WILBUR — After marking plots of charred ground as if in a crime scene, soon-to-be wildfire investigators noted the direction blades of tall grass were bent and observed the amount of soot on particular sides of plants. They placed colorful flags near these indicators, working toward their goal of identifying where the fire had started and what had caused it.
“It all tells a story to show where the point of origin was,” said Kyle Reed, spokesman of the Douglas Forest Protective Association. “It’s somewhat of a science and somewhat of an art.”
About 40 adult students, including three from the Netherlands, conducted mock fire investigations during a field exercise Wednesday afternoon off North Bank Road near Wilbur. The fire professionals started the Oregon Department of Forestry fire investigation class Monday at Umpqua Community College, and it was time to put what they had learned into action.
DFPA staff burned 20 plots of ground earlier in the week to serve as additional training for some of the firefighters. The agency left behind evidence for the trainees to find at the points of origin, such as matches, fireworks, metal fragments or cigarettes.
Students started following the indicators through the plots. They posted red flags in places where the fire advanced, yellow where the fire moved laterally and blue where the flames branched away from the point of origin. After covering each burned area with the colored flags, they could see a clear map of where the fire progressed and were able to identify where the fires ignited.
“By taking this class we’re hoping to achieve the methods and skills to be able to process a scene and understand whether the fires are arson, equipment-related or kids-related,” said Nick Case, Elkhead forest officer with DFPA. “This is our simulated fire and we’re walking around it doing our methodology trying to figure out how the fire started.”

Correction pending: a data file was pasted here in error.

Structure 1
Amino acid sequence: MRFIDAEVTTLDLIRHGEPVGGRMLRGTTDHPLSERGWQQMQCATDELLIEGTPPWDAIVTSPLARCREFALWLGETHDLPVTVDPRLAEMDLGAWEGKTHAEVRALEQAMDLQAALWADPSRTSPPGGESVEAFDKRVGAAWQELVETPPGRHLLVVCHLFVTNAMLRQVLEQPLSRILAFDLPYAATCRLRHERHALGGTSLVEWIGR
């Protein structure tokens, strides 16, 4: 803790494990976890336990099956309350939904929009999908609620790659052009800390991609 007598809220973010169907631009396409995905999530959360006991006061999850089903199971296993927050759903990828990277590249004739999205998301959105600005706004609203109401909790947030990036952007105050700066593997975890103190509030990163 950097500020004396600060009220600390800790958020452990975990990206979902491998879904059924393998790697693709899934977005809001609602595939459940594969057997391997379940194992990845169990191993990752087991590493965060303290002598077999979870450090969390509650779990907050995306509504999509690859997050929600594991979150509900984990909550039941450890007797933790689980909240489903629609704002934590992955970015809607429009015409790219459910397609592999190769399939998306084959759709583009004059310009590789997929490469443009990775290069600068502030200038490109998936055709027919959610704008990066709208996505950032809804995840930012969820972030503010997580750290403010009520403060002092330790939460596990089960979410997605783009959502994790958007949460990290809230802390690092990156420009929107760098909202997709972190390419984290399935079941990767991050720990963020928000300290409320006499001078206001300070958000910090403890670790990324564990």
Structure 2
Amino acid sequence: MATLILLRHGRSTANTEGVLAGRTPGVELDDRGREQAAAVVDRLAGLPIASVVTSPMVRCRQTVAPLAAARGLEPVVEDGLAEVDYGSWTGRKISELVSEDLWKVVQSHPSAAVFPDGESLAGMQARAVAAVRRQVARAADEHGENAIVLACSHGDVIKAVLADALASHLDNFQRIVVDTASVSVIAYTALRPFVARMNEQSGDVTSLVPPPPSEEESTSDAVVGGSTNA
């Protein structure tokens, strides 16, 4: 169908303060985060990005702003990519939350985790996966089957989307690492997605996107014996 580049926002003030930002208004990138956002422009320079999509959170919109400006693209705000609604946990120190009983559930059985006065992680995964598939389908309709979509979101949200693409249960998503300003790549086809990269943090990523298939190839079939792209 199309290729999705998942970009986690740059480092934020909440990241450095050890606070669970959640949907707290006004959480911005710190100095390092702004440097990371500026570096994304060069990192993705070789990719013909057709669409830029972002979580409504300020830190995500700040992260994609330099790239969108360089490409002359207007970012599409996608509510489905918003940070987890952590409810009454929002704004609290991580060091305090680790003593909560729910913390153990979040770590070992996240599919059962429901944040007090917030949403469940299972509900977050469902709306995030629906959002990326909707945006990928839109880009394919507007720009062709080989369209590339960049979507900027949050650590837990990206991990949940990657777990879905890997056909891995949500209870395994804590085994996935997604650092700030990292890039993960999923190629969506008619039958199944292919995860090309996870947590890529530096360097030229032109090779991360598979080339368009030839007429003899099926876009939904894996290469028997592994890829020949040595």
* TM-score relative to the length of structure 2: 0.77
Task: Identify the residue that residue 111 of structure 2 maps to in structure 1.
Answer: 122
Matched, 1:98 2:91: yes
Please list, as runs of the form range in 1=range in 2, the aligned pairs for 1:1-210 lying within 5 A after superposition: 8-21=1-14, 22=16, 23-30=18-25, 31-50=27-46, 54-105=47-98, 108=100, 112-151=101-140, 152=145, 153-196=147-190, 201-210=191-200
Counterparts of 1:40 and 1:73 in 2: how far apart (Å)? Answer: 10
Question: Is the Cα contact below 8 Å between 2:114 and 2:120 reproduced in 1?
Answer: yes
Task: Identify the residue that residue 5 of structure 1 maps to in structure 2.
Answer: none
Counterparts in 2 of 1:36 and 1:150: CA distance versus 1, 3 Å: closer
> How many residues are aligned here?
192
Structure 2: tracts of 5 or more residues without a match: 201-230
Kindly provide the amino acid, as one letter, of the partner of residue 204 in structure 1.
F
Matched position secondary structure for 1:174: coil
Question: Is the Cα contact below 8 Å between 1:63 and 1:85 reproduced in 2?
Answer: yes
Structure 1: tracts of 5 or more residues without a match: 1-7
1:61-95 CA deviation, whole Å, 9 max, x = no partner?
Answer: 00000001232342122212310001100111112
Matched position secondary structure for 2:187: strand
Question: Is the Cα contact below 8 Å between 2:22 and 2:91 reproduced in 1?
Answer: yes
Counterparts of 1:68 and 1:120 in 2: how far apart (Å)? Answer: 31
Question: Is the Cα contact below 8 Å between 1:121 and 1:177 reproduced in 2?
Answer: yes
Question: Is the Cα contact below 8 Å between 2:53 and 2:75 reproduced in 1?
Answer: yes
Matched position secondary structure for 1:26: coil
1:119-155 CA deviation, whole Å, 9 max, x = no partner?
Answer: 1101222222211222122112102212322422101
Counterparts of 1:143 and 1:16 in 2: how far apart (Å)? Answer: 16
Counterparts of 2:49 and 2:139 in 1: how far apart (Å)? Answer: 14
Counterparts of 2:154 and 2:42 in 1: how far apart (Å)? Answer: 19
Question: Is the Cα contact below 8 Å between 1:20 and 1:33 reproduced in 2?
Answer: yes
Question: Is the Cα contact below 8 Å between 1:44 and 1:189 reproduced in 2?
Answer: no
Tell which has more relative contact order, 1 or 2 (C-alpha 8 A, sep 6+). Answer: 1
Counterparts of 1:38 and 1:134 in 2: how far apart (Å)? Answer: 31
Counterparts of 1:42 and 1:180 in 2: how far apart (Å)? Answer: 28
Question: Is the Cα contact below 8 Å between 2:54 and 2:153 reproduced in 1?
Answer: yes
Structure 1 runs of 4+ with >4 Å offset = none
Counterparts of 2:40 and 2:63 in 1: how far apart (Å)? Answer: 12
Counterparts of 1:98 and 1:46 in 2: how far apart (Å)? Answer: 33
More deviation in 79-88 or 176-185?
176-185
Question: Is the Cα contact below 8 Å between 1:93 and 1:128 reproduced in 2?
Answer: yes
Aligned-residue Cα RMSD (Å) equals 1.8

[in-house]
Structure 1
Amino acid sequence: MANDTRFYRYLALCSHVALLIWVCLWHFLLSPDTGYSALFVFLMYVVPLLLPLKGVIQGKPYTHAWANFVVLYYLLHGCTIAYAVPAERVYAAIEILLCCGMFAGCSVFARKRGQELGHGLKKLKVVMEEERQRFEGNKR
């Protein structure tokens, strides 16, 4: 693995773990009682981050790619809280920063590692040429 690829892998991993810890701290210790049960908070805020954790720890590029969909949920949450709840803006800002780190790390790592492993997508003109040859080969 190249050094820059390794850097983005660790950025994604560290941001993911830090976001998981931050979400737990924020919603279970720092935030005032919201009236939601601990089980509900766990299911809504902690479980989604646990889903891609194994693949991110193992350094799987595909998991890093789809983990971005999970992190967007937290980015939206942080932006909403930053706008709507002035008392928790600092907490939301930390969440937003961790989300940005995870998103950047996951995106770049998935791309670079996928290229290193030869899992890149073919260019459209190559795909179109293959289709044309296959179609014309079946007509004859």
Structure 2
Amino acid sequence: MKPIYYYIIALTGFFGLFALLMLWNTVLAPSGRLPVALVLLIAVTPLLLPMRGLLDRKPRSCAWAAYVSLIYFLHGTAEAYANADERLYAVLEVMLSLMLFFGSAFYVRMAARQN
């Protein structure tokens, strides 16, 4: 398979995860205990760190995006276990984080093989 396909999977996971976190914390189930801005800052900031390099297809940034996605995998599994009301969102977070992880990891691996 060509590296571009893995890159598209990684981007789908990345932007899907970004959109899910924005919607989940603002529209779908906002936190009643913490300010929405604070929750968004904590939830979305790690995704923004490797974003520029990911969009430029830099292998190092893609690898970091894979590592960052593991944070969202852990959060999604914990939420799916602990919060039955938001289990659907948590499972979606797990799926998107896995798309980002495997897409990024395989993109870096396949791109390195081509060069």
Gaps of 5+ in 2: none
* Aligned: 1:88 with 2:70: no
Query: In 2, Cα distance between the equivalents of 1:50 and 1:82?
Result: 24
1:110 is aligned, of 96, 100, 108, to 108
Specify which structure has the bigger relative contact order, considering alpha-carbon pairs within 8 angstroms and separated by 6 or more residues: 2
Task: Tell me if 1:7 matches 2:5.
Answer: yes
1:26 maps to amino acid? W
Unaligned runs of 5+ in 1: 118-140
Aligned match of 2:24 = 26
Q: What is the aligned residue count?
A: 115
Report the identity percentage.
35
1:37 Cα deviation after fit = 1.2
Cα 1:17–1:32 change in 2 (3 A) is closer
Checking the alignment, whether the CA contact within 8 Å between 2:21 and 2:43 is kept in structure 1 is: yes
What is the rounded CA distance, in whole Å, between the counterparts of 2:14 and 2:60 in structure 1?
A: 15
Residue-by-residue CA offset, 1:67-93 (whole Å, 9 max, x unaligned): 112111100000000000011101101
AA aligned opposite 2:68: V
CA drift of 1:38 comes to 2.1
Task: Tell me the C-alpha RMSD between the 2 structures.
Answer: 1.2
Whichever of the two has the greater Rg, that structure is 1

Case said he interviewed a mock witness to gather more information about the fire.
“We train all our forest officers and relief drivers the basics so they can get an idea of what to flag off, what to protect. And this prepares them for that next step of being fire investigators,” Reed said.
Lead instructor of the class, Jeff Bonebrake of the Oregon Department of Forestry, said investigations like these can uncover scientific evidence used in legal cases to determine who is liable for starting a wildfire.
“If we find the cause to be willful, malicious or negligent, then we’re mandated by a statute to recover the cost of suppressing the fire,” Bonebrake said.
“In order to do that you need to have a solid investigation and you’ve got to have qualified investigators,” Reed added.
Both students and instructors were from various agencies including DFPA, Oregon Department of Forestry, Oregon State Police, Bureau of Land Management, rural fire departments and Coos Forest Patrol. Each agency represented in the class has its own fire investigators to gather statistics during every fire season.
The investigations are also crucial for establishing effective fire prevention programs. In order to prevent fires the agencies need to know what’s causing them.
“When you hear those claims ‘this many fires were caused by fireworks, this many were caused by target shooting,’ that’s how we know that,” Jim Gersbach, ODF public information officer, said. “People had gone out and investigated and determined the cause.”
Three men traveled from the Netherlands, to attend the week-long course.
Mark Oost, a wildfire professional in the Netherlands, said this type of training wasn’t available in his country. He found out about the program when an instructor from Oregon came out to conduct a past training in the Netherlands.
“One thing that was quite peculiar, the method of performing an investigation is generally the same as in Holland, so it’s refreshing my memory,” Oost said. “But I’m untrained in investigating wildfires so most of it will be really new for me.” The practical part of the class will be applicable for Oost when he returns to the Netherlands, although he said the laws regarding wildfires are different.
“They had looked at where they could take this fire investigation class anywhere in the world and it turned out based on their schedules this was the class,” Gersbach said of the three men.
The scientific method is the same worldwide, but conditions, landscapes and access points from roads vary between Southern Oregon and the Netherlands. While many of the Netherland’s forests are established in a plantation style which are easier to access, Gersbach said, Douglas County’s forests have much more roadless areas and steeper topography.
This class was one of the several classes Oregon Department of Forestry hosts each year, though a fire investigation class like this hasn’t been offered in Douglas County since 2013.